In Miami, as well as being part of the Eguizabal family, I was immersed into Cuban culture. When I moved to Key West, almost seven years ago, I found the Cuban culture to be interesting. Some things were different here than in Miami culturally.

One thing that's different is that Key West has a constant flow of people moving in and out of town, from all over the globe, the majority from the U.S., however many from eastern Europe as well.  Miami has a constant flow of people moving in from Latin America, and also the English and Creole speaking Caribbean. In Key West, population flows like the tides. People come and go. In Miami it's a lake that continues filling up. People come and they stay. Key West is much more of a transient town.

With the scenario set, lets move on to Cuban coffee, or Cafe Cubano.

What is Cafe Cubano, or Cuban Coffee? For starters, Cafe Cubano and Cuban Coffee are correct terms for the brew, just in different languages. Either can be used.

Professional establishments that serve all types of coffees from Cuba, use Italian espresso makers virtually exclusively.  After all, Cafe Cubano, of course, is a style, or type of espresso.

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In the home, often you will often find these little "Cafetera" brewers, as they are called in Spanish, also from Italy. For less than $10, they do surprisingly well, though they are not set up for scalding milk, obviously. Cuban homes with these usually scald their milk, when needed, via stove top.

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Cuban Coffee/Cafe Cubano


Cuban Coffee is one thing and one thing only. Cuban Coffee is espresso made with a good sized helping of sugar. Done the proper way, three or four tbs of sugar are placed in the brewing carafe prior to brewing, in a proper espresso machine. As the espresso brews and flows into the carafe, the brewer stirs the mix creating a medium-brown head on the coffee called "espumita".

This is Cuban coffee.

Here in Key West when someone orders Cuban coffee, often the person taking the order will ask "With or without sugar?". The only reason they do this is because a lot of visitors don't want it with sugar. The key word here, of course, is "visitors". The question would never arise in a place such as Little Havana, Miami.

The reality of it is, those people ordering "Cuban Coffee" without sugar, are not ordering Cuban Coffee at all. They are ordering espresso. Cafe Cubano is full of body. Espresso is much thinner.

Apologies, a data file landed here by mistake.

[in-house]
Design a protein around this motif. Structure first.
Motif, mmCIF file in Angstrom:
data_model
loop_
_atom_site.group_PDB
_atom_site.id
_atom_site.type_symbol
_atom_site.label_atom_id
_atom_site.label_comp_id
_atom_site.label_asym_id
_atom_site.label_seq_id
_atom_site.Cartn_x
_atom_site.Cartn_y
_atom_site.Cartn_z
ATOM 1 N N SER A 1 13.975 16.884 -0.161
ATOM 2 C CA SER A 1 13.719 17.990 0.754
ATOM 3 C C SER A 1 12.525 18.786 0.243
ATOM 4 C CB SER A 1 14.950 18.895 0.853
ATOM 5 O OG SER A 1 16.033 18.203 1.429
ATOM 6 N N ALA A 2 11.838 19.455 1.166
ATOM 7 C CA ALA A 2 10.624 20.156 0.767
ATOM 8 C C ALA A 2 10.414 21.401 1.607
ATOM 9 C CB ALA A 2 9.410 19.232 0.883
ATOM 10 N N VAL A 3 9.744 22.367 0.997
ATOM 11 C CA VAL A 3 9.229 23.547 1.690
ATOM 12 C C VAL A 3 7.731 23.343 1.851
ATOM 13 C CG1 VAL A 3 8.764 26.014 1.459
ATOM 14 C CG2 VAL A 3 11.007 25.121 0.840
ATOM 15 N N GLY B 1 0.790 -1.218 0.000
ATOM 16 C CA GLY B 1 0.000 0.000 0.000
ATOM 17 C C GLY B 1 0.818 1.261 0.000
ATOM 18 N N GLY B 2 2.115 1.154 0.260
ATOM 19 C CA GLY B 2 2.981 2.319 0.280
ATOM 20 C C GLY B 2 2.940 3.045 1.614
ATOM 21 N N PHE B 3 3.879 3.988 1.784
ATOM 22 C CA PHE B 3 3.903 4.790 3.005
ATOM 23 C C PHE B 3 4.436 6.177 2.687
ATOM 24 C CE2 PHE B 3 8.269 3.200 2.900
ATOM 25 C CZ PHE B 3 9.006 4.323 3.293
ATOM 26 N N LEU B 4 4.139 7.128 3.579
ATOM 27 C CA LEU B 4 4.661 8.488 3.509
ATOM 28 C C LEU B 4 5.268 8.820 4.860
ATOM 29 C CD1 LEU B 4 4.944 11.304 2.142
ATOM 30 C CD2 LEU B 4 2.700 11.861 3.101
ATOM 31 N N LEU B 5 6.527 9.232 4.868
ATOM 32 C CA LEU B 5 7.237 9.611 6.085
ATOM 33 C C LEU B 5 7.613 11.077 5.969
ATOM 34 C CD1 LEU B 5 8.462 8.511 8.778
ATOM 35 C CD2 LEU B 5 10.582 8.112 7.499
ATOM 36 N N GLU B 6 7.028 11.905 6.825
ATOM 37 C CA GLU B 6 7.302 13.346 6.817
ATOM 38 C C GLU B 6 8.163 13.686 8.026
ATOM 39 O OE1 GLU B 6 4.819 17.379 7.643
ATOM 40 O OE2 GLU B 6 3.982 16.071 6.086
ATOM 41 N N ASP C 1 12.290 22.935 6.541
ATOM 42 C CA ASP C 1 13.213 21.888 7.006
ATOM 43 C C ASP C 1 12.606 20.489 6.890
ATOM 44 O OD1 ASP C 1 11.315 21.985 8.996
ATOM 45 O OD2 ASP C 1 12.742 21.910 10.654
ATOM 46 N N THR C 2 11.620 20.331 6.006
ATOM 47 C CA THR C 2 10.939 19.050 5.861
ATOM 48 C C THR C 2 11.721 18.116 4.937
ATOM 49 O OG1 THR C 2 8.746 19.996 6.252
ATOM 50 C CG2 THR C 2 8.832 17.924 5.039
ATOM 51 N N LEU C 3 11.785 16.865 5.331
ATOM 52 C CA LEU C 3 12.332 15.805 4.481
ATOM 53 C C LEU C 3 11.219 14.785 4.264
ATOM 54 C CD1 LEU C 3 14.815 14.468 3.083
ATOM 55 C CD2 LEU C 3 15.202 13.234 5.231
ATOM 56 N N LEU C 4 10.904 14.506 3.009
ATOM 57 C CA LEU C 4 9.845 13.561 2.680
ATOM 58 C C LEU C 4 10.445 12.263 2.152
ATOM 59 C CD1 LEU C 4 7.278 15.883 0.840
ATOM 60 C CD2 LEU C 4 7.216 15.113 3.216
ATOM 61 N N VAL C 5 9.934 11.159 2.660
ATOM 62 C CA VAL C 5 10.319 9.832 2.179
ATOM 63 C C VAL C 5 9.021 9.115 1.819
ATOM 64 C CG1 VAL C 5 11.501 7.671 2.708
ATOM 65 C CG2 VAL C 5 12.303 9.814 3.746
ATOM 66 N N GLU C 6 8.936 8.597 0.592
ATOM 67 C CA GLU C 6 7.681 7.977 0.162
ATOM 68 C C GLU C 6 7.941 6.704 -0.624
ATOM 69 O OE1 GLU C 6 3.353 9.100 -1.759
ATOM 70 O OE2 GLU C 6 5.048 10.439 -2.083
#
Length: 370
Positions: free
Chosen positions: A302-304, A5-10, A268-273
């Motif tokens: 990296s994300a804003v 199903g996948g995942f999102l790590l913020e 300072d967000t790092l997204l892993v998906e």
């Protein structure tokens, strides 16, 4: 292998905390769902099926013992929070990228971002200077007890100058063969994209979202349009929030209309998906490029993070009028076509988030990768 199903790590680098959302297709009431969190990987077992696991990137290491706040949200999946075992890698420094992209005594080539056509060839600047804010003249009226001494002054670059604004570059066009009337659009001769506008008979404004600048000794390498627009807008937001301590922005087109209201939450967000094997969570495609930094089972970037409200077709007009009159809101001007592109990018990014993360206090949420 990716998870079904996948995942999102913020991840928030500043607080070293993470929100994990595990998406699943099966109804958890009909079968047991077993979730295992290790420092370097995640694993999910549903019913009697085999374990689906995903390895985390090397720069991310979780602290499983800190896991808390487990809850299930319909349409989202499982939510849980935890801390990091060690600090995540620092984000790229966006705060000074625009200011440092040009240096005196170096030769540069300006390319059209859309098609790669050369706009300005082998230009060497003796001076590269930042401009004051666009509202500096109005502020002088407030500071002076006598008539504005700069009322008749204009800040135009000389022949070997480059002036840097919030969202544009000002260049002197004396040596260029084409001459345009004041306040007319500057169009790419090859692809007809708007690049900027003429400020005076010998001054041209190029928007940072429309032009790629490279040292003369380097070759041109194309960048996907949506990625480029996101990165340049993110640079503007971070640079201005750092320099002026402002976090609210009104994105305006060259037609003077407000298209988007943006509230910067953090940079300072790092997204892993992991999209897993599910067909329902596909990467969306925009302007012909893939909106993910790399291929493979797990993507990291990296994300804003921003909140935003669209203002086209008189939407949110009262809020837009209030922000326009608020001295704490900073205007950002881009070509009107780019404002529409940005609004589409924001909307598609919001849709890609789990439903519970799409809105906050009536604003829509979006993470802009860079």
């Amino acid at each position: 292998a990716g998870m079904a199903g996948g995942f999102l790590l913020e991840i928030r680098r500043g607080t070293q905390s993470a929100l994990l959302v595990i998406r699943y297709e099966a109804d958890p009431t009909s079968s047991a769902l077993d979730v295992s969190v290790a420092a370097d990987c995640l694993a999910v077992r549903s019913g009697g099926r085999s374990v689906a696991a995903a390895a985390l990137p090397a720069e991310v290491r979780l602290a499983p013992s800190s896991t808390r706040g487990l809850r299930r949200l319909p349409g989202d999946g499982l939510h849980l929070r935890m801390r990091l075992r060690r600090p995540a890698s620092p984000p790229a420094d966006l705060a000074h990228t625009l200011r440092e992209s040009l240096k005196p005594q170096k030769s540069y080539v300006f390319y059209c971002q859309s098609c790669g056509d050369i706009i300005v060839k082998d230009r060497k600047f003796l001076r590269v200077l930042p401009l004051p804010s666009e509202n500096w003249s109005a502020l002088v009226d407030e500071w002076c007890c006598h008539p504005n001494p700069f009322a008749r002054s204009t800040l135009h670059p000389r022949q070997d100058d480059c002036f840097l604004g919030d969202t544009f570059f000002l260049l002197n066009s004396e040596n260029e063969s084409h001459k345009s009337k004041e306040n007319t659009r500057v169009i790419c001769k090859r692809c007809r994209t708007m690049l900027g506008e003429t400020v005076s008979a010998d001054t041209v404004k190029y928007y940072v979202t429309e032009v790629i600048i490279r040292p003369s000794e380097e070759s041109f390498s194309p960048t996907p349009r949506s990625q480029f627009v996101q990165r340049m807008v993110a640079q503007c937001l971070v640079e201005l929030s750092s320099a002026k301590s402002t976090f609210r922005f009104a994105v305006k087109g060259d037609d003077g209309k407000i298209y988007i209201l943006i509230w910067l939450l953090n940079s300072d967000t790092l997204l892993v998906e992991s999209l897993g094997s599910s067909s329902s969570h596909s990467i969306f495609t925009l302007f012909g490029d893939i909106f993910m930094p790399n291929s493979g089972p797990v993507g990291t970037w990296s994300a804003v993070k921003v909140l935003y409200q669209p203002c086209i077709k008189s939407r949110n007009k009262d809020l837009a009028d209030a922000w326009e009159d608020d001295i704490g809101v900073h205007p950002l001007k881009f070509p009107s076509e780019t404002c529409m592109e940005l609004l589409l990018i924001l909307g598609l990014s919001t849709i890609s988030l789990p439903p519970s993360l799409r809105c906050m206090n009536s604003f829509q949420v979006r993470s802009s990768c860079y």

The aforementioned formula of making Cafe Cubano/Cuban Coffee with the sugar, is what makes it Cuban Coffee!

When one takes into consideration that sugar is the number one crop in Cuba, it's easy to see how Cafe Cubano came into existence!

                                      Types of Cuban Coffee
Cuban Coffee is all the exact same thing, the differences is the quantity in how it's dispensed.

A) Colada - The colada is the largest serving. It's purpose is to be shared with others. It's served in a small Styrofoam cup and it contains several ounces of coffee, around 4 or so. It is also served with several thimble cups for sharing.

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B) Cafecito/Buchi - This is an individual serving the size of one of the thimble cups that the colada is served with, a slight bit larger when served in a restaurant in a demitasse cup. Depending on where you are, determines the name. In Miami/Ft. Lauderdale/Tampa/St. Petersburg it's called a Cafecito. Translated it means "little coffee". In Key West it's called a Buchi, which is short for Buchito, or "a small sip".

* = For reasons unknown, many people spell buchi in what they think is Italian, bucci. You'll see this in the article that Gus sent me in one of the pictures. Fact is, there is no Italian word bucci. The Ch sound, as in the English word "Crunch", in Spanish is spelled "ch". There is no such spelling in Spanish that has "cc". The word is spelled "Buchi"

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Cafecito, or a buchi


Now that we have established what a Cuban Coffee/Cafe Cubano is, lets look at two other coffees that originate from Cuba.

A) Cafe Con Leche - Cafe Con Leche is the Cuban variation of what in Italy is a "Latte" and in France, "Cafe Au Lait" or, "Creme". The coffee and scalded milk parts are exactly the same. With the Cafe Con Leche, often called "Con Leche", Cafe Cubano is mixed on around a 2 to 1 mix with scalded milk holding the 2 side of things.

Cafe Con Leche is not Cuban Coffee!

Many who come to Key West from parts where Cuban culture doesn't exist, just toss cafe con leche into the whole Cuban Coffee mix. They developed this idea that there is Cuban Coffee with milk and without. This is incorrect. Cafe Con Leche is from Cuba, however it is not Cuban Coffee, though it uses Cuban Coffee in the process of making it. Cafe Con Leche, is Cafe Con Leche. Period.